12/02/2021 - 11:11

Distilling points of difference in WA craft spirits

12/02/2021 - 11:11


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Republic of Fremantle is betting a commitment to its location and the finer points of distilling will set it apart in a crowded market.

Distilling points of difference in WA craft spirits
Republic of Fremantle's master distiller Oliver Kitson (left, with founders Matt Giudice, Jason Townes and John McVeigh

It took some convincing to get Jason Townes on a plane to London to discuss a new business opportunity.

That was about five years ago when he, alongside friends John McVeigh and Matt Giudice, had taken a keen interest in the art of distilling.

Their interest was a natural progression for three builders-cum-publicans, whose business interests span two high-profile Fremantle outlets: cocktail bar Strange Company and Ronnie Nights (in homage to the British gangster).

(click to view a PDF version of this special report)

Mr Townes was slow to warm to Messrs McVeigh and Giudice’s new interest, however.

For one, gin had amassed remarkable popularity in the 2010s owing to its low cost of production, but Mr Townes had concerns about long-term viability.

More than half a dozen distilleries had opened in Western Australia in the first half of the decade, accounting for close to 20 per cent of all distilleries and spirit producers in the state, according to Business News’s Data & Insights.

While many local outlets boasted institutional knowledge – such as Margaret River Distilling Company’s founder, award-winning distiller Cameron Syme – the low barrier to entry meant anyone could conceivably buy some ethanol and juniper and start their own distillery.

If the likes of Pernod Ricard or Diageo could simply ramp up production and crowd out the market, what was the point of starting up another gin joint?

“I was a little cynical before we went,” Mr Townes told Business News.

“There’s such growth in craft spirits; how long can that be sustained?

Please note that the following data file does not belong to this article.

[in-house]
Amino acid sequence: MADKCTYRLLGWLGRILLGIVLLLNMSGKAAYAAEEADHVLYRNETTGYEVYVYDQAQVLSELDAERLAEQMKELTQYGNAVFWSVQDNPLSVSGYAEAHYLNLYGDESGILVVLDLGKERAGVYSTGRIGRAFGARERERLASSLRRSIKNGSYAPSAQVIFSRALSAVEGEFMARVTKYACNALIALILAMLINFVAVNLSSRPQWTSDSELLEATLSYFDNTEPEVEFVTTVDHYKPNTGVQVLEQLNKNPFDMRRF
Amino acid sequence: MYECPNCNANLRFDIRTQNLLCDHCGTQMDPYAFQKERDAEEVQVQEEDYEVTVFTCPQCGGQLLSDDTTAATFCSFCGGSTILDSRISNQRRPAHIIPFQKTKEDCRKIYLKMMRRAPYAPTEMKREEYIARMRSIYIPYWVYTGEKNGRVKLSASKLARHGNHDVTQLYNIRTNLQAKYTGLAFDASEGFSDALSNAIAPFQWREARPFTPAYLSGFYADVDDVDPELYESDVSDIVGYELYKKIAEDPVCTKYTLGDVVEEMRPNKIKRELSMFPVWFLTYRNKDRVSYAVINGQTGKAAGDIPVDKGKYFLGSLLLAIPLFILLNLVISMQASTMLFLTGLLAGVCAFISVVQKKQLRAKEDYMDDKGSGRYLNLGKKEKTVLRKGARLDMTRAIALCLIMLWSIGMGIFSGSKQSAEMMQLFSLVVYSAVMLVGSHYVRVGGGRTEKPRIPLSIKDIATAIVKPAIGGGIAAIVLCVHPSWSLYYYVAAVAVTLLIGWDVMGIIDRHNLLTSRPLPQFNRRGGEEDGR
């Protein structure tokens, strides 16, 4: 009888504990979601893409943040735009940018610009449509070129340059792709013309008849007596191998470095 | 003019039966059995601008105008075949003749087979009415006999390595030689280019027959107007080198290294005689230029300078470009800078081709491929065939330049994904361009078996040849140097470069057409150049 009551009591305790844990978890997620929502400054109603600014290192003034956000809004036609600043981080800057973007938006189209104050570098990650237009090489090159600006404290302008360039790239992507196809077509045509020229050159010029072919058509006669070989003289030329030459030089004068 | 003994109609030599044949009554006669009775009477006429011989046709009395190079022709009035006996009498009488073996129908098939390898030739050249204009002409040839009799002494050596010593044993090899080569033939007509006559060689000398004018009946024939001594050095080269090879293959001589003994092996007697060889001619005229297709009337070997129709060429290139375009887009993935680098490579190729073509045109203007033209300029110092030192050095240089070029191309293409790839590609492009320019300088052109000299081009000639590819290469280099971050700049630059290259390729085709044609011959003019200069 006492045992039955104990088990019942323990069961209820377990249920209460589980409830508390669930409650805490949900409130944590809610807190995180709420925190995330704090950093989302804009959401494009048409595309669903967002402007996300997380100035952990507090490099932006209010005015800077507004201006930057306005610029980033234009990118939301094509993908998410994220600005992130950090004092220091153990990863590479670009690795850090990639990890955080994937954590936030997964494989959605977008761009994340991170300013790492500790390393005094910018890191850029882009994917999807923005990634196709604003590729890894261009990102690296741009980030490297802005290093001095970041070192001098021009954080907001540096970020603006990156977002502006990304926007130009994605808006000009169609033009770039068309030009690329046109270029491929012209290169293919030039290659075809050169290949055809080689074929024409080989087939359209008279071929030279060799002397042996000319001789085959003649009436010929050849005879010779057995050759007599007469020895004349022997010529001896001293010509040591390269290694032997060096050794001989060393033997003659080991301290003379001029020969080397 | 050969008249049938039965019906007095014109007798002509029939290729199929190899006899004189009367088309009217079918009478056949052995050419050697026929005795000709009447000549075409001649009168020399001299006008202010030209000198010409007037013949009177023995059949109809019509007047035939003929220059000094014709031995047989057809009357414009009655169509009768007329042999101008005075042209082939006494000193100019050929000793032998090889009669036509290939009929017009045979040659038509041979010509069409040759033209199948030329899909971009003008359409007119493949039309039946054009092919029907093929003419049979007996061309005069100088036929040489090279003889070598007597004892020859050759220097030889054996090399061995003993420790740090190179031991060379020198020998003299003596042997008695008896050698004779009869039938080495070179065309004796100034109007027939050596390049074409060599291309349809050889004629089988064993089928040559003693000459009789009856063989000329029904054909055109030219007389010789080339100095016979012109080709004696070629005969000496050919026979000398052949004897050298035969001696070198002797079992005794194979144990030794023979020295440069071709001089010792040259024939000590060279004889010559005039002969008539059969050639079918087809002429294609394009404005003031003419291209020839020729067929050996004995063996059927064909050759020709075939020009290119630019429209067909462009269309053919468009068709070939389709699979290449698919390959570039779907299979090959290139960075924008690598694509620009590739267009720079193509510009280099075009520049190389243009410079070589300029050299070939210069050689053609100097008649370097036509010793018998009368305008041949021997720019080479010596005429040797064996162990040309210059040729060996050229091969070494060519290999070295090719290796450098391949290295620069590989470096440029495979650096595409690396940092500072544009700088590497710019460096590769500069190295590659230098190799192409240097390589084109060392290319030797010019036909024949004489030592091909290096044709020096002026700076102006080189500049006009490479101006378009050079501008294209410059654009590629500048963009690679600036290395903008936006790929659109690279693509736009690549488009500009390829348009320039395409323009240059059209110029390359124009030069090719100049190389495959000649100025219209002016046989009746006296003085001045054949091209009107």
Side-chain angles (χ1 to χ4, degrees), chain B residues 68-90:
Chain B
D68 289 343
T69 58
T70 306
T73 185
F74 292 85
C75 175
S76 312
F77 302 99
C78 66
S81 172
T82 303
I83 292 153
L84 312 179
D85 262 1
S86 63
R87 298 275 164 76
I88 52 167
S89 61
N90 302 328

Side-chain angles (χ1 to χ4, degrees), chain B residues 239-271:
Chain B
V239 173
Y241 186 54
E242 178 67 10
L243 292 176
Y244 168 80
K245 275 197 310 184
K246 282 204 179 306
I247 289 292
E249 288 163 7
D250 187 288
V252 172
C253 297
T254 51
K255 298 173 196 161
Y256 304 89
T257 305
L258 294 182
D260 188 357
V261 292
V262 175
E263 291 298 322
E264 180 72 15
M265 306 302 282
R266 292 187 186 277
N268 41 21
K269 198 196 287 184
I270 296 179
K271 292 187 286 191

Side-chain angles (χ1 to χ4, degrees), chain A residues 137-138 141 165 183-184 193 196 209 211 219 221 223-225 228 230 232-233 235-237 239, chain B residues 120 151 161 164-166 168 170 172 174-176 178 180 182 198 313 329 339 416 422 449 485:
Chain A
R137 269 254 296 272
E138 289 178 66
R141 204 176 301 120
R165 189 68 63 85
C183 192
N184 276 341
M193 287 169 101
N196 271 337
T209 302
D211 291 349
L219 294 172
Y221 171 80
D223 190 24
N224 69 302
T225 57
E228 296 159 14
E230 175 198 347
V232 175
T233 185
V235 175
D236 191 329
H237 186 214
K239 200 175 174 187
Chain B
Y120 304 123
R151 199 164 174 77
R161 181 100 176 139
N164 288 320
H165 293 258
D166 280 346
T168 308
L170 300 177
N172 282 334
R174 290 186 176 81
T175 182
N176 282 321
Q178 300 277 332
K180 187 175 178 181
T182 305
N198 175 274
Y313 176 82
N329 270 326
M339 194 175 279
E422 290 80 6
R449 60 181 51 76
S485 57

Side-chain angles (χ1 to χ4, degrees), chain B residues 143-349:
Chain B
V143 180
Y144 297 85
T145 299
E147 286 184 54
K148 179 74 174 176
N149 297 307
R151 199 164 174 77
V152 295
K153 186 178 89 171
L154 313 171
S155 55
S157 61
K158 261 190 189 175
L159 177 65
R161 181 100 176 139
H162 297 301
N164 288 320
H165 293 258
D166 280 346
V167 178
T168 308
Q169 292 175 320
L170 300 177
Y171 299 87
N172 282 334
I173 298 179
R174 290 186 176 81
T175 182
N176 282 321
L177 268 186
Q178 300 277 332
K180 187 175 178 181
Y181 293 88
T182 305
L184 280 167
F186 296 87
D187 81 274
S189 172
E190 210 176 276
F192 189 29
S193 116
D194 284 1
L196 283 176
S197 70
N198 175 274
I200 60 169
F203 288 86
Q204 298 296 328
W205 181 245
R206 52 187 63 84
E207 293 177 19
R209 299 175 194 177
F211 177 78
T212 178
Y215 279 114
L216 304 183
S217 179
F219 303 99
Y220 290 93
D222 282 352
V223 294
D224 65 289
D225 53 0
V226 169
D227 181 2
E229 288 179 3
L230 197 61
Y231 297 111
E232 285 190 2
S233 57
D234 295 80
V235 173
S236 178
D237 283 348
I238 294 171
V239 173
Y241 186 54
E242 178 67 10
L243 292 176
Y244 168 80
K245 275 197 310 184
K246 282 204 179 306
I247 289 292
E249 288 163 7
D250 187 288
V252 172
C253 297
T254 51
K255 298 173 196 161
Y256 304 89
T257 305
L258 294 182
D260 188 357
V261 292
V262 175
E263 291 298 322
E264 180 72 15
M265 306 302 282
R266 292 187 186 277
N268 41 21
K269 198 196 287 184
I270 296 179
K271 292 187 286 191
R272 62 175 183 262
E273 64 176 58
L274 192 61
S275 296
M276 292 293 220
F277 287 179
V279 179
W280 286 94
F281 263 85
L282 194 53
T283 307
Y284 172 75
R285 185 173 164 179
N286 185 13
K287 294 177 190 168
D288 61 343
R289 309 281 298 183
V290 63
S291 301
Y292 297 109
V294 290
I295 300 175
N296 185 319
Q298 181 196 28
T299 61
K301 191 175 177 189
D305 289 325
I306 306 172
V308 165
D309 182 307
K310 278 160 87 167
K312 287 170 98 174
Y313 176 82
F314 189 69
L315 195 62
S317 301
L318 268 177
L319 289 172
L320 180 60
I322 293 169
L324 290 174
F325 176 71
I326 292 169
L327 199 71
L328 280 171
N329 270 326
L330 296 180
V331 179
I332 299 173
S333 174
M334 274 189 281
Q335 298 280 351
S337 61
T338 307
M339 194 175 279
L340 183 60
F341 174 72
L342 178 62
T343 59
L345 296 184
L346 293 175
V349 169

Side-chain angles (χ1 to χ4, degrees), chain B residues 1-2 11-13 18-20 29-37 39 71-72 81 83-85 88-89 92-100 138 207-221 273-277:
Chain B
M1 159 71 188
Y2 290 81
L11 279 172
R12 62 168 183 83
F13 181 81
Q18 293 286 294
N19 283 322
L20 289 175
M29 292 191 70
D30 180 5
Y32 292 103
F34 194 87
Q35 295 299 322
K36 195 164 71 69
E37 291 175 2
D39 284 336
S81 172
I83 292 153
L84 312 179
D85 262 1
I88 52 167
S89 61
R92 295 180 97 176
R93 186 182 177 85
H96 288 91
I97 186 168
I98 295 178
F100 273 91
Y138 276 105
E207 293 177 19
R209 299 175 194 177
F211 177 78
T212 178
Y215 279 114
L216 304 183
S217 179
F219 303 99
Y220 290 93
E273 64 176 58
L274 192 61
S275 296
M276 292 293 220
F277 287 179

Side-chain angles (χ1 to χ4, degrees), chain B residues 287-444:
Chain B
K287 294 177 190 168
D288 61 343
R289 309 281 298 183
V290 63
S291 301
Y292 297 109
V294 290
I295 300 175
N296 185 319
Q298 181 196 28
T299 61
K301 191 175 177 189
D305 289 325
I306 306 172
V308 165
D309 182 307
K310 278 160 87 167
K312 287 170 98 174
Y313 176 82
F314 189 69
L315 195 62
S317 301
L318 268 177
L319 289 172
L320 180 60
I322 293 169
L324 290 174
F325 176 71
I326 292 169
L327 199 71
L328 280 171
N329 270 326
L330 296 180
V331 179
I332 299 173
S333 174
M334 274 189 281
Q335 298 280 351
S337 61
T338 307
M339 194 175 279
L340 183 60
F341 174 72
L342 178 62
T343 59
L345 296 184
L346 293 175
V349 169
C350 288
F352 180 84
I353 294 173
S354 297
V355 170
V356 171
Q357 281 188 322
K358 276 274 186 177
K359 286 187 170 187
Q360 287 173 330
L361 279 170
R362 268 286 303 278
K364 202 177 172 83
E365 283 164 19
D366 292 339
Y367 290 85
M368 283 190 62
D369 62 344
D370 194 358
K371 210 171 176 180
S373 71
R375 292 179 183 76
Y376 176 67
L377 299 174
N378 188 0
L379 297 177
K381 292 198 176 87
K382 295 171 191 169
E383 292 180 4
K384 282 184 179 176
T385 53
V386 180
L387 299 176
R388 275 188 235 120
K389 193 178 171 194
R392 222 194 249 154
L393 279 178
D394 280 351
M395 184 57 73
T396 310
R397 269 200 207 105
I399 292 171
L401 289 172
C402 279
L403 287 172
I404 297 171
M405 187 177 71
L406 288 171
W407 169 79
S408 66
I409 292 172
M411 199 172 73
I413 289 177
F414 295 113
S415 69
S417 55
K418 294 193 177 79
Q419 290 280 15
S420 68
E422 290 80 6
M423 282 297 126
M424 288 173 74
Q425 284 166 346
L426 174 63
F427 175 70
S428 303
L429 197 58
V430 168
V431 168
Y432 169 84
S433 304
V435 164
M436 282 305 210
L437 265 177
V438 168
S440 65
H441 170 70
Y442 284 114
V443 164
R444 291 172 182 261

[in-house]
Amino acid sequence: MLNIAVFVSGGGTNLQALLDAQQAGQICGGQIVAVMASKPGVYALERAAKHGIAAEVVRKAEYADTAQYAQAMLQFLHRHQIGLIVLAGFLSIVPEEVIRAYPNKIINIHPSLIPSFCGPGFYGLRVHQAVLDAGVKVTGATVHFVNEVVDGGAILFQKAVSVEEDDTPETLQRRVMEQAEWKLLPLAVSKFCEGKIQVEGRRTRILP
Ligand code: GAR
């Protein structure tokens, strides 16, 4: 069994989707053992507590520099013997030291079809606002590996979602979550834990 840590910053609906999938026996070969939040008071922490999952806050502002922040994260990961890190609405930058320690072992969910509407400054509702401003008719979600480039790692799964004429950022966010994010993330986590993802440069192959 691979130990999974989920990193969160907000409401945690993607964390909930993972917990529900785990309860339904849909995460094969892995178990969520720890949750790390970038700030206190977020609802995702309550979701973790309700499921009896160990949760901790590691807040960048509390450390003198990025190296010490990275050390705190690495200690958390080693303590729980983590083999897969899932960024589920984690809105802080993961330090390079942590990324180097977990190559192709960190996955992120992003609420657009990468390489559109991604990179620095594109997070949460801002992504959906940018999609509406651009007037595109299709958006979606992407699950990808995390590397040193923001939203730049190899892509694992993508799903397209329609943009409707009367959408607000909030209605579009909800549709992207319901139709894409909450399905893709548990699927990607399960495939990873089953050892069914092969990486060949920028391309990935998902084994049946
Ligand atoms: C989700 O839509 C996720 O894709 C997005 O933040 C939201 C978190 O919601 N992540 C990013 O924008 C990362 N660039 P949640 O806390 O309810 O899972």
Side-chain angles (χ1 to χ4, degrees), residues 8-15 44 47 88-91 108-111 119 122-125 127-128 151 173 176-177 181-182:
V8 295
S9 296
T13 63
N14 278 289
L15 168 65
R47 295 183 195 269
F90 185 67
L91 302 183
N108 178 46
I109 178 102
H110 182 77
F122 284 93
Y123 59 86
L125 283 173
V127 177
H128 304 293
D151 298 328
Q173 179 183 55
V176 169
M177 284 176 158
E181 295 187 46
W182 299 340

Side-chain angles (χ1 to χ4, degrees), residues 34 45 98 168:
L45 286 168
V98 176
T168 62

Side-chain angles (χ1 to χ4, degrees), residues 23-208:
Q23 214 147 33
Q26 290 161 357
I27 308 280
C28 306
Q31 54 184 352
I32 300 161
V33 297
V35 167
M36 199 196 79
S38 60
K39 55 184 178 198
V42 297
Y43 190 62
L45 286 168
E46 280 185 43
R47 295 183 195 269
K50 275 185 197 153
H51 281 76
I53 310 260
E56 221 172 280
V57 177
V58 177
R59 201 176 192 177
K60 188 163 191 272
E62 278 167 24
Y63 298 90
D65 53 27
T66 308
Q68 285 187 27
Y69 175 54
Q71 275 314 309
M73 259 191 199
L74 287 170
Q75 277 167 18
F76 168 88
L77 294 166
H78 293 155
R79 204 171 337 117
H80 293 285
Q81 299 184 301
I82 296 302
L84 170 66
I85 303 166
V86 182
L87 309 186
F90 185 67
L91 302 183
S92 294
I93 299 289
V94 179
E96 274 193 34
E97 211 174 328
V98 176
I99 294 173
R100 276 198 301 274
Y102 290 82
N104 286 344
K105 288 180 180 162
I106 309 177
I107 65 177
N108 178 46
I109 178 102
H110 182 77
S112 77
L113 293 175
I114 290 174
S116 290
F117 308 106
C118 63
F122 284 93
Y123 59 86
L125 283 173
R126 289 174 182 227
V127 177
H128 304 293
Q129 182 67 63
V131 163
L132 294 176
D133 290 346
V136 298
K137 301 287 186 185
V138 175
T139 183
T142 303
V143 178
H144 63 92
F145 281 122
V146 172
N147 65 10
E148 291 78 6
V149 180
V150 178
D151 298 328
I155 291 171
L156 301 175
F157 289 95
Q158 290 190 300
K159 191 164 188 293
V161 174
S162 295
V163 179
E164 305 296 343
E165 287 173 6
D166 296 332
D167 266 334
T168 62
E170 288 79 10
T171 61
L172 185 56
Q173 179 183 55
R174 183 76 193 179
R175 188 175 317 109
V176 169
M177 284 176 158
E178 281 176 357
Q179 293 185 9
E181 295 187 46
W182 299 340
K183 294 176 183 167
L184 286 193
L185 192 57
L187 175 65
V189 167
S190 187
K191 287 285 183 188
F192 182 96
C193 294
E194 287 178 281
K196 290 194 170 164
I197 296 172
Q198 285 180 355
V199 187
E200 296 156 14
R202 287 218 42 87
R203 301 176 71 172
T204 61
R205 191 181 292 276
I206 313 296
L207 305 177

“To me, a lot of the brands were not of any substance; they were marketing exercises, spirits made by third-party distillers.

“When you looked behind the curtain of some of these distilleries there wasn’t much substance there.”

Mr Townes had reason for skepticism.

Unlike dark liquors or bourbon, gin distilling is not closely monitored or regulated, and the product does not require ageing before being bottled or served.

These distilleries are subsequently more attractive from a commercial standpoint as they can provide immediate profit and return on investment.

The consequence of this has been more Australians drinking more gin. Research from Roy Morgan published in March 2020 indicated nearly one in 10 Australians drank gin in a single month, with the growth in popularity concentrated among those aged 50 to 64.

Add to that a bevy of distilleries already in WA’s market – 20 distilleries have opened across the state since 2015, according to Data & Insights – and Mr Townes’ concerns of market saturation appeared well founded.

The trip to London merely confirmed this view.

One visit to Thames Distillers, located about six kilometres south of the capital, left the men in awe of an operation that manufactured hundreds of gins under licence that were then stored in drums and sent off in batches.

Rather than putting a dent in their plans, however, the London experience led to an epiphany of sorts, whereby the men realised an oversaturated market could prove a blessing if they focused on an artisanal experience.

“What insulates you from falling off?” Mr Townes asked.

“If only the best is going to survive, what is that?”

To this end – creating a high-quality, unique product that stands above the competition – Messrs Townes, McVeigh and Giudice launched Republic of Fremantle.

Based out of the port city’s west end, the venue is premised on the embrace of craft in all aspects of operations. Instead of engaging wholesalers, the trio has instead sought out partnerships with artisanal manufacturers and producers to retain complete control of production.